So while you CAN tweet about a band you like, chances are it’s only being seeing by 10% of your followers anyways. Better to start an email list (which usually have 20%+ open rates). Or text a few pals. Make a zine or a podcast and send it around.
Your world was changed years ago before the internet, right? Well, we can still do that.
I was tagged for this on Facebook, but rather than give my work to a 3rd party who will sell ads against while I get nothing in return, I am putting my list here where it shall remain so long as I pay my hosting bill. Facebook, on the other hand, well…
- Helmet, Meantime – sharp and tight, started my love affair with John Stanier
- Primus, Pork Soda – started playing bass in high school, so of course loved this dark album
- Soundgarden, ‘Badmotorfinger’ – singing along to this in the car since the 90s. RIP Chris Cornell
- White Zombie, ‘La Sexorcisto – Devil Music Vol. 1’ – so groovy and dark and spooky
- Metallica, And Justice For All – my first real introduction to METAL
- Zao, ‘Where Blood and Fire Give Rest’ – first “underground” release that rattled my world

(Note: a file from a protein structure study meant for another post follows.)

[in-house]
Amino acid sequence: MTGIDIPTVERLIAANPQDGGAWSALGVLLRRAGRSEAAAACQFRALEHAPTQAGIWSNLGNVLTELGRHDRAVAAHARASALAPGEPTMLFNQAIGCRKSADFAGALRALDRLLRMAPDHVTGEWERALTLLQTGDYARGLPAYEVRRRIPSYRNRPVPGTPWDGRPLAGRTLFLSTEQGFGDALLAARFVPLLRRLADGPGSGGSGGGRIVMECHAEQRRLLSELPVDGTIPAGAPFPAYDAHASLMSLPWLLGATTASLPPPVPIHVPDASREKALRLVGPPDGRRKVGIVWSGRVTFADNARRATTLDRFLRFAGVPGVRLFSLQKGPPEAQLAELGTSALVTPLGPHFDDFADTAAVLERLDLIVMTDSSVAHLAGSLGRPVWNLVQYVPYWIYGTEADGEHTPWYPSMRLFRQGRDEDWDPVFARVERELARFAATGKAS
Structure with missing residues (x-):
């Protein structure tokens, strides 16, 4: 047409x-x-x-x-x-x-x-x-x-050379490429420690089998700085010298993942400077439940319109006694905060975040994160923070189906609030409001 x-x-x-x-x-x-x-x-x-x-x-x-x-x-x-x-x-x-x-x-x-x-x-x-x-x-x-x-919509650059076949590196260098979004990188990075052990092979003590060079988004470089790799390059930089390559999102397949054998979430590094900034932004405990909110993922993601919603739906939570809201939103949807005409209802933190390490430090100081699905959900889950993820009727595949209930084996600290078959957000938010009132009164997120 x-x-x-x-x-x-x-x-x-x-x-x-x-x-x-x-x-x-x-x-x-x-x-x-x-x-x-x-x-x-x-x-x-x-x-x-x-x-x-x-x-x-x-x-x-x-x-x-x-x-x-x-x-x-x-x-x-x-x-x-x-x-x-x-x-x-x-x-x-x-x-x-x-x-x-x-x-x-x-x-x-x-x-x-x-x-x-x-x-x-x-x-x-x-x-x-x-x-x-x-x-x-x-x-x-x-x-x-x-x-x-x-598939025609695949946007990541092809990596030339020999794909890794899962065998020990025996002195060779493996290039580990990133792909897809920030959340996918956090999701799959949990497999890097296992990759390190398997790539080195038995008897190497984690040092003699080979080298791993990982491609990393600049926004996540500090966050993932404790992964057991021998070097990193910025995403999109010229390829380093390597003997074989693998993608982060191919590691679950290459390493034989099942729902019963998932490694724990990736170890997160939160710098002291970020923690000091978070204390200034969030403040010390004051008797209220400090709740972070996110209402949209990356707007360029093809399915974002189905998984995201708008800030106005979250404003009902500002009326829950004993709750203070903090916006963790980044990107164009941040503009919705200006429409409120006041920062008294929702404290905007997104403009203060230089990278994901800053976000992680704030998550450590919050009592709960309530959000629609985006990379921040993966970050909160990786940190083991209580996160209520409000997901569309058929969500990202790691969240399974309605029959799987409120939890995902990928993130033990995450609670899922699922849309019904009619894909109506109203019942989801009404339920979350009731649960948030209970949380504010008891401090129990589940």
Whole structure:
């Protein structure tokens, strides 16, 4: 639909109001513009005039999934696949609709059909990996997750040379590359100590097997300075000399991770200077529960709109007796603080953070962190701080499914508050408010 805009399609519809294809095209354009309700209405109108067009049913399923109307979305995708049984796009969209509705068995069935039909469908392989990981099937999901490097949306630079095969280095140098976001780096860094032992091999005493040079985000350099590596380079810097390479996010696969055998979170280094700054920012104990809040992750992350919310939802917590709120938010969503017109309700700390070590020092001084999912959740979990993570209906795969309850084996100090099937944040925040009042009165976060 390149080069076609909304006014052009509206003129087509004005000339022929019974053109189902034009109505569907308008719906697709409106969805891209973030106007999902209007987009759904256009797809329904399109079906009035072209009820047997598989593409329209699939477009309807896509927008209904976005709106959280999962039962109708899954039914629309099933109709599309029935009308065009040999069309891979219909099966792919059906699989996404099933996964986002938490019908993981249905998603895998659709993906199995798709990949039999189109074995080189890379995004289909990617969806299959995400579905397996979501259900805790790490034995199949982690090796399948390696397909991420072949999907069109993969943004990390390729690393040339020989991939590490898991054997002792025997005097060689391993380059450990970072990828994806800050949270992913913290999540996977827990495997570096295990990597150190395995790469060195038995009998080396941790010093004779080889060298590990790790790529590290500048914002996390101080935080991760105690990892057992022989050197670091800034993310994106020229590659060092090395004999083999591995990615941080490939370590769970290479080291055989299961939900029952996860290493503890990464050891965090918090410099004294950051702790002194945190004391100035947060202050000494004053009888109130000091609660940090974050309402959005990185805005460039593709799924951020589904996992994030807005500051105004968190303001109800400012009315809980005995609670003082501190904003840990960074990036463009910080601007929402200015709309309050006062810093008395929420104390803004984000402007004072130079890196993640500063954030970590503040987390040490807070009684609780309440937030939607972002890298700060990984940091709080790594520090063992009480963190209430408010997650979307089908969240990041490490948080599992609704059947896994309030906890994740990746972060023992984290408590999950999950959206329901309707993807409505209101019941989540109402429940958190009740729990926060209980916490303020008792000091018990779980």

- Jimmy Eat World, Clarity – so tender and sweet, I will always love this album
- Mastodon, ‘Once More ‘Round the Sun’ – a recent pick, but hit at an important time in my life
- Alice in Chains, ‘Dirt’ – Another mid-90s grunge pick, but I absolutely loved this. RIP Layne Staley.
- Nirvana, ‘Nevermind’ – Changed music forever for me. Taught me that you don’t have to be slick and flashy to have an impact. RIP Kurt Cobain.
EDIT April 11th, 2018 – HOW did I forget Guns N Roses’ ‘Appetite for Destruction?’ It’s the album that got me to pick up the guitar, THEN the bass (because I stunk on guitar). It’s the album I listened to over and over again, to this DAY.
As I’ve been thinking about leaving Patreon, an email from Derek Sivers popped into my inbox and alleviated all doubts if I was doing the right thing (emphasis below is mine):
“Don’t be dependent on any company. They come and go.
Think long-term. You’re going to be creating stuff, making fans, and building relationships for the rest of your life — much longer than these companies will last.
It’s so important and easy to have your own website. Instead of sending your fans to some company’s site, send them to yours. Get everyone’s direct contact information, so you don’t have to go through any one company to reach them.”
Sure, have your music on a few sites, but don’t let that be the ONLY place where people can find you. Have a home base.
Cut the shit that “no one visits websites anymore.” That’s because you all stopped updating your sites in 2004 and told everyone “check us out on Facebook,” which means now you can only reach 12.6% of your audience unless you enter your credit card information. How’s that working out?